a Hellenic head at Charles Ede
Pairing: a Hellenic head at Charles Ede and Jose Dávila’s ‘Untitled (Nude with Bust)’ (2015) at Sean Kelly
Jose Dávila Untitled (Nude with Bust), 2015 archival pigment print paper: 59 1/8 x 49 9/16 inches (150.2 x 125.9 cm) framed: 60 3/8 x 50 13/16 x 3 inches (153.4 x 129.1 x 7.6 cm) edition of 4 with 1 AP © Jose Dávila Courtesy: Sean Kelly, New York

The trend for cross-collecting — breaking the standard genre boundaries that divide Modern from contemporary, Old Master from ancient — is in full swing. A number of fairs across the world, among them Tefaf in Maastricht, Frieze Masters and Masterpiece in London, include crossover collaborations — an example is Hauser & Wirth’s now regular partnering with Moretti Fine Art at Frieze Masters, bringing the contemporary nose-to-nose with more historic pieces.

Now Tefaf New York Fall — whose fourth edition is currently running at New York’s Armory — is making a feature of “dynamic pairing”, jointly curated booths that showcase collaborations across the art historical range.

Historic works have traditionally been Tefaf’s heartland. For this edition, the 90 galleries range over antiques, design, rare books and manuscripts, jewellery, armour, the decorative arts as well as fine art from across the centuries. And, as CEO Patrick van Maris puts it, the quest for “thought-provoking experiences” at the fair has led, this time, to these special collaborations.

Rob Smeets Old Master Paintings, based in Geneva, teams up with New York’s Van der Weghe gallery, which specialises in Modern, postwar and contemporary work. Another New York contemporary gallery, Sean Kelly, pairs up with British antiquities expert Charles Ede, whose director Martin Clist explains their aim to show how significant works from different eras are “all part of one great continuum”. One of his examples is a pairing of heads: a 1st-2nd century BC Greek marble head is placed with Marina Abramovic’s photographic “Portrait with Golden Mask” (2009), showing the artist crowned, goddess-like, in golden leaves.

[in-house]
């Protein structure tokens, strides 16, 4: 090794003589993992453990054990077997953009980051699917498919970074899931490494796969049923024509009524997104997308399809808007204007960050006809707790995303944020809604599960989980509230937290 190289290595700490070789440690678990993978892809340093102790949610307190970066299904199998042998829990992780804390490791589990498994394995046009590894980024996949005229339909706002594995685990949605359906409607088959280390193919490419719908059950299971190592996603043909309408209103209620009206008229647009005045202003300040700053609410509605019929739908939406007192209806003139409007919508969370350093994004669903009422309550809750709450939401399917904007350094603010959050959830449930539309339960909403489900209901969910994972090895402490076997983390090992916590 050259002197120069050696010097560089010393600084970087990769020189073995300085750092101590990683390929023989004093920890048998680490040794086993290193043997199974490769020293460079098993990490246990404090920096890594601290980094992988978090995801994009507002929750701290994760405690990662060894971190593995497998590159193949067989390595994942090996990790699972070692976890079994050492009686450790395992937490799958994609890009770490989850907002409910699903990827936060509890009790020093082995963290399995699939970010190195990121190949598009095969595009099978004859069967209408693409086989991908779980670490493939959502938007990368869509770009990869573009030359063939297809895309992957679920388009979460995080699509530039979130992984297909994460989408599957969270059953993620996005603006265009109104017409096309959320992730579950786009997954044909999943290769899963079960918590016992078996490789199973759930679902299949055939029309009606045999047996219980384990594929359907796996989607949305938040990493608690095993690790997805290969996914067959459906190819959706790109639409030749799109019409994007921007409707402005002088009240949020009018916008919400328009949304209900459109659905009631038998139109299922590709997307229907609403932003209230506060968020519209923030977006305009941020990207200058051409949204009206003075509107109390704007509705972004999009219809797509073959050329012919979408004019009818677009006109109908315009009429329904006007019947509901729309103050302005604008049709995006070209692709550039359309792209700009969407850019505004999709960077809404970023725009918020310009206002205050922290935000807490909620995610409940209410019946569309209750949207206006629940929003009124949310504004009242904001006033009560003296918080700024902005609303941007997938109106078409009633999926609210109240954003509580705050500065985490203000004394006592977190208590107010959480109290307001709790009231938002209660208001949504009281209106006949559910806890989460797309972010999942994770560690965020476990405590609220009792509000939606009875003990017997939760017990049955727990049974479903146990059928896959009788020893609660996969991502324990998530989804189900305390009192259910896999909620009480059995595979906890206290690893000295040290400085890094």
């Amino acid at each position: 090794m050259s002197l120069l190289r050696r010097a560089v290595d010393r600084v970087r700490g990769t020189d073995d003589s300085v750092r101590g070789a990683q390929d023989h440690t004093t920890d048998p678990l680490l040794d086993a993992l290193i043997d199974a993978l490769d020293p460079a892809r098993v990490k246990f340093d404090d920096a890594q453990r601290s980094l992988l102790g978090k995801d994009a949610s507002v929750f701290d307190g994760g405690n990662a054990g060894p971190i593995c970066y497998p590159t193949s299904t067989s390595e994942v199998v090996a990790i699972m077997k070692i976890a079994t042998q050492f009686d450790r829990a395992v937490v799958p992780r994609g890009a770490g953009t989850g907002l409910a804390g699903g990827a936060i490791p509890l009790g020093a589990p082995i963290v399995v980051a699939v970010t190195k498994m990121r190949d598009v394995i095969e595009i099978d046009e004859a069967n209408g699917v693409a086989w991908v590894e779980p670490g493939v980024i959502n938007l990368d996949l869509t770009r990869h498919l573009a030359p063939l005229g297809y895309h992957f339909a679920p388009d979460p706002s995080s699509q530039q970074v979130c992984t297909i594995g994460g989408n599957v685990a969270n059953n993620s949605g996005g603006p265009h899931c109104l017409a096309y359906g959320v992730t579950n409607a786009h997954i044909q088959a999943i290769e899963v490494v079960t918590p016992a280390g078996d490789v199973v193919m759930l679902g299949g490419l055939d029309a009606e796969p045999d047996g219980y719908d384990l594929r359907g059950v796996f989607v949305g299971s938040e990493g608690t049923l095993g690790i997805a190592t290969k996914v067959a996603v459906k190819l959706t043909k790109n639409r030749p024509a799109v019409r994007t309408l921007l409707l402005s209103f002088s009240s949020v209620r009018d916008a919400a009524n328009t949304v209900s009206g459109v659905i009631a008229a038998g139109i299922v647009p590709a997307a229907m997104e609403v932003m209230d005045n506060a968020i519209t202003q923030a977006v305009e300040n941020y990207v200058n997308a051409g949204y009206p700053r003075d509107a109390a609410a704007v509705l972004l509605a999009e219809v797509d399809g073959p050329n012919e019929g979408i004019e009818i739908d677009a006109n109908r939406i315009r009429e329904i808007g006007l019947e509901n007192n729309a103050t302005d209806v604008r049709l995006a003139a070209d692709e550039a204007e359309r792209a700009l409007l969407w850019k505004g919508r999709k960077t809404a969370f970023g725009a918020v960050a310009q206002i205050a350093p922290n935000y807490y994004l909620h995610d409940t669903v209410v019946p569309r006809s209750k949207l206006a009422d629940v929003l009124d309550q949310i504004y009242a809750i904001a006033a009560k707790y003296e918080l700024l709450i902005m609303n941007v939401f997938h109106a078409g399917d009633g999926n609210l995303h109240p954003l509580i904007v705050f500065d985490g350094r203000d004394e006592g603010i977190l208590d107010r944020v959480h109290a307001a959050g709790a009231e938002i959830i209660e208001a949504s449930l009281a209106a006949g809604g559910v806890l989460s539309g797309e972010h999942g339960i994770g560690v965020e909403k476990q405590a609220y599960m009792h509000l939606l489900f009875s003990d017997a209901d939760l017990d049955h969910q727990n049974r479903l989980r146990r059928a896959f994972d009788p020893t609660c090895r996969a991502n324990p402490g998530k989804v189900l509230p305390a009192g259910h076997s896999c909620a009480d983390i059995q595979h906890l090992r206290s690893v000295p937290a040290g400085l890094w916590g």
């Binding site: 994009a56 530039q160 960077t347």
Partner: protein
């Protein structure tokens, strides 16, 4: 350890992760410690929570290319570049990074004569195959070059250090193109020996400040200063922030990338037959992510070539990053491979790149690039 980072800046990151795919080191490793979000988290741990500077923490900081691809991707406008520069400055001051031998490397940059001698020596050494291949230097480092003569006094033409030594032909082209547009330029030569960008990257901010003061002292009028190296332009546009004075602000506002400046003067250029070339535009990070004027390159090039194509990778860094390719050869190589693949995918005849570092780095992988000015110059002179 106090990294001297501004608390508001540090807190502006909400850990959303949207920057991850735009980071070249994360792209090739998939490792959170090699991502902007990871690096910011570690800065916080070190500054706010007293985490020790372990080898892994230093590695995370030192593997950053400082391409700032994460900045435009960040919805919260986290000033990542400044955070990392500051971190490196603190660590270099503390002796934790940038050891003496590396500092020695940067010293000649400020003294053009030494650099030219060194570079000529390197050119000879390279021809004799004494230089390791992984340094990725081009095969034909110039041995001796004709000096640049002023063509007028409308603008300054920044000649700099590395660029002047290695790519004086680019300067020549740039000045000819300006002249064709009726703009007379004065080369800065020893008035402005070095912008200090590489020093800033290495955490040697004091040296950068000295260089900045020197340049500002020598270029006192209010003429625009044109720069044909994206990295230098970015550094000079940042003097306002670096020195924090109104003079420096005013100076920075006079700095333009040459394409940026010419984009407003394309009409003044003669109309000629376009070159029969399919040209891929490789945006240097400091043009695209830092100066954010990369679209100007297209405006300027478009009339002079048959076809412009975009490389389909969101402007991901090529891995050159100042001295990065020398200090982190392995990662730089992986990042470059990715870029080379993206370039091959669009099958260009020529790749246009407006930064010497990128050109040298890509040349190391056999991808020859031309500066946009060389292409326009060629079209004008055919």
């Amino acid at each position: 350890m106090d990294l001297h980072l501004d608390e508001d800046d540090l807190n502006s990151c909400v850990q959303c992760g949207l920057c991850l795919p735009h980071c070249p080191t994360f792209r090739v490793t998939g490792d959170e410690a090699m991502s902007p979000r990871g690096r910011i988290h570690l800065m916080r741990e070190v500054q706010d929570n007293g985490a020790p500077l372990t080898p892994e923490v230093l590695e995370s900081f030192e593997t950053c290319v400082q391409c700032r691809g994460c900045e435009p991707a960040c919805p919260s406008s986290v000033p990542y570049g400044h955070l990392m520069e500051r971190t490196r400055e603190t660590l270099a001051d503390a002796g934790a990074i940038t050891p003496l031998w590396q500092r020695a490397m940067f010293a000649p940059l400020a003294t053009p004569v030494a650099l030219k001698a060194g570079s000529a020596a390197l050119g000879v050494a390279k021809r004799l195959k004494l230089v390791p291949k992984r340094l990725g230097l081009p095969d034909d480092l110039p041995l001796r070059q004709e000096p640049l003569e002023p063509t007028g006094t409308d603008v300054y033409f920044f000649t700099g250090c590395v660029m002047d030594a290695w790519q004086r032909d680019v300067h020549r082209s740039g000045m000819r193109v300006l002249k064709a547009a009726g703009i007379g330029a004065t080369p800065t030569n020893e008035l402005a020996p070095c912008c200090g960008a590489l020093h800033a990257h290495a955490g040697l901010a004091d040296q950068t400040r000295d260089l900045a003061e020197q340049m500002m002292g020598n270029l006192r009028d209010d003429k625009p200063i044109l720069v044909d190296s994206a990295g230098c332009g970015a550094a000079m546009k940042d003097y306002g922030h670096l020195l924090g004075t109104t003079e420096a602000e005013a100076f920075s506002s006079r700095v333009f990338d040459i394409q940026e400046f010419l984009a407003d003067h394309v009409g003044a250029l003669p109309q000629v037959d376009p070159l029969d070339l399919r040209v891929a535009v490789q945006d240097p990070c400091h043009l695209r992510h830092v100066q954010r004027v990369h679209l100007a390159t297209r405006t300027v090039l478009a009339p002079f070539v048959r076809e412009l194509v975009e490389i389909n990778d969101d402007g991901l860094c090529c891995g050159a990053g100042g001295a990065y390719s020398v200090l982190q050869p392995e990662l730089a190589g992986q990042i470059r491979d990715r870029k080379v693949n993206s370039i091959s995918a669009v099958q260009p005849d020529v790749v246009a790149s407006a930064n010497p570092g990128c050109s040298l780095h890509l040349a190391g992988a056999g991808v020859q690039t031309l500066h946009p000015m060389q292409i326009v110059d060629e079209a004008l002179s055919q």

‘Portrait of Giulia Massimo as Cleopatra’ (1639) by Giovanni Battista Gaulli at Rob Smeets
Pairing: ‘Portrait of Giulia Massimo as Cleopatra’ (1639) by Giovanni Battista Gaulli at Rob Smeets and Picasso’s ‘Mousquetaire’ (1967) at Van de Weghe Fine Arts
Picasso’s ‘Mousquetaire’ (1967) at Van de Weghe Fine Arts

Other, still more experimental, partnerships include Anne-Sophie Duval, go-to gallery for French Art Deco, with contemporary work from Almine Rech. Basel’s Cahn gallery, specialists in ancient Greek and Roman art, creates a crossover vision with the 20th-century work from Barcelona’s Galeria Mayoral. Colnaghi’s classical sculptures and Cycladic vessels stand in happy contrast to works by Lucio Fontana and Antoni Tapies shown by Ben Brown Fine Arts.

Such partnerships are, of course, intended for mutual benefit. Even the most established galleries constantly need to renew and increase their range of clients and collectors; sharing a booth with a gallery from a different genre or period puts each in touch with an entirely new interest group.

Normally, it’s reckoned to be the more numerous and deep-pocketed contemporary collectors who can be lured into the rarefied sphere of Old Masters and antiquities. Yet devotees of the traditional can be tempted by more recent art if it is placed in context by careful curation, and so made to seem less alien.

Above all, what these juxtapositions reflect is how the majority of people actually live with art: few collectors only have pieces from a single style or period on their walls. Daily life throws different styles together, even if it’s only a comfortable chair in an otherwise strictly minimalist interior. And the “eye” that can place an African tribal mask on an Art Deco table, a Hellenic vase beneath a 20th-century drawing, enhancing both styles, is what’s on offer in these collaborative booths.

That might sound a little too close to interior decor for the super-rich. However, collaborations across the art of ages can provide eye-opening delight and surprising discovery for buyers and viewers alike.

To November 5, tefaf.com

Follow @FTLifeArts on Twitter to find out about our latest stories first. Listen and subscribe to Culture Call, a transatlantic conversation from the FT, at ft.com/culture-call or on Apple Podcasts

Copyright The Financial Times Limited 2023. All rights reserved.
Reuse this content (opens in new window) CommentsJump to comments section

Follow the topics in this article